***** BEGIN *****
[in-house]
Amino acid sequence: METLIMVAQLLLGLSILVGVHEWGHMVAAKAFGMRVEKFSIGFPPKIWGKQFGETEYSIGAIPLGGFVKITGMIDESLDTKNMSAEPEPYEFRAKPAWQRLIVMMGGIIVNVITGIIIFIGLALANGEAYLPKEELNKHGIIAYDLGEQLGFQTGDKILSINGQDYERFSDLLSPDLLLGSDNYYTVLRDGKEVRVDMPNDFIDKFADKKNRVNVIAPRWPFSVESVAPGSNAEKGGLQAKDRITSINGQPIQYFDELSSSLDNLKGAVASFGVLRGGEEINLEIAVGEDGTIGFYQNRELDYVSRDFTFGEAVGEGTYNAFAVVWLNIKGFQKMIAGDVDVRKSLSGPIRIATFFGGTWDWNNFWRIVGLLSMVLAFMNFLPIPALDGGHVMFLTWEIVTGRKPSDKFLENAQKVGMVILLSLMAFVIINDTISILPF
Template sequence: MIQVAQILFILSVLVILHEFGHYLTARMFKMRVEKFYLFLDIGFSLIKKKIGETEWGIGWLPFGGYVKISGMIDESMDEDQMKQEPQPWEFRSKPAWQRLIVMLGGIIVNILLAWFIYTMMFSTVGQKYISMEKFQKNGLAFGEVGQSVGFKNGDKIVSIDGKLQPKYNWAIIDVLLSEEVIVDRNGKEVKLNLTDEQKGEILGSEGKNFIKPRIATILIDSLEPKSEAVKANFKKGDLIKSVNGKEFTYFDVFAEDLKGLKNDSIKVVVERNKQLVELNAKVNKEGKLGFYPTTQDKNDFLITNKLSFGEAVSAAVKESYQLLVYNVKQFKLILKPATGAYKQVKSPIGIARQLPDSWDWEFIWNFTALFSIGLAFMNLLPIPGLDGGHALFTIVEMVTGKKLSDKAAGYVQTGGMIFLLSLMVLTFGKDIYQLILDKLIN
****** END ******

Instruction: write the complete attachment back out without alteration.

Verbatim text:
[in-house]
Amino acid sequence: METLIMVAQLLLGLSILVGVHEWGHMVAAKAFGMRVEKFSIGFPPKIWGKQFGETEYSIGAIPLGGFVKITGMIDESLDTKNMSAEPEPYEFRAKPAWQRLIVMMGGIIVNVITGIIIFIGLALANGEAYLPKEELNKHGIIAYDLGEQLGFQTGDKILSINGQDYERFSDLLSPDLLLGSDNYYTVLRDGKEVRVDMPNDFIDKFADKKNRVNVIAPRWPFSVESVAPGSNAEKGGLQAKDRITSINGQPIQYFDELSSSLDNLKGAVASFGVLRGGEEINLEIAVGEDGTIGFYQNRELDYVSRDFTFGEAVGEGTYNAFAVVWLNIKGFQKMIAGDVDVRKSLSGPIRIATFFGGTWDWNNFWRIVGLLSMVLAFMNFLPIPALDGGHVMFLTWEIVTGRKPSDKFLENAQKVGMVILLSLMAFVIINDTISILPF
Template sequence: MIQVAQILFILSVLVILHEFGHYLTARMFKMRVEKFYLFLDIGFSLIKKKIGETEWGIGWLPFGGYVKISGMIDESMDEDQMKQEPQPWEFRSKPAWQRLIVMLGGIIVNILLAWFIYTMMFSTVGQKYISMEKFQKNGLAFGEVGQSVGFKNGDKIVSIDGKLQPKYNWAIIDVLLSEEVIVDRNGKEVKLNLTDEQKGEILGSEGKNFIKPRIATILIDSLEPKSEAVKANFKKGDLIKSVNGKEFTYFDVFAEDLKGLKNDSIKVVVERNKQLVELNAKVNKEGKLGFYPTTQDKNDFLITNKLSFGEAVSAAVKESYQLLVYNVKQFKLILKPATGAYKQVKSPIGIARQLPDSWDWEFIWNFTALFSIGLAFMNLLPIPGLDGGHALFTIVEMVTGKKLSDKAAGYVQTGGMIFLLSLMVLTFGKDIYQLILDKLIN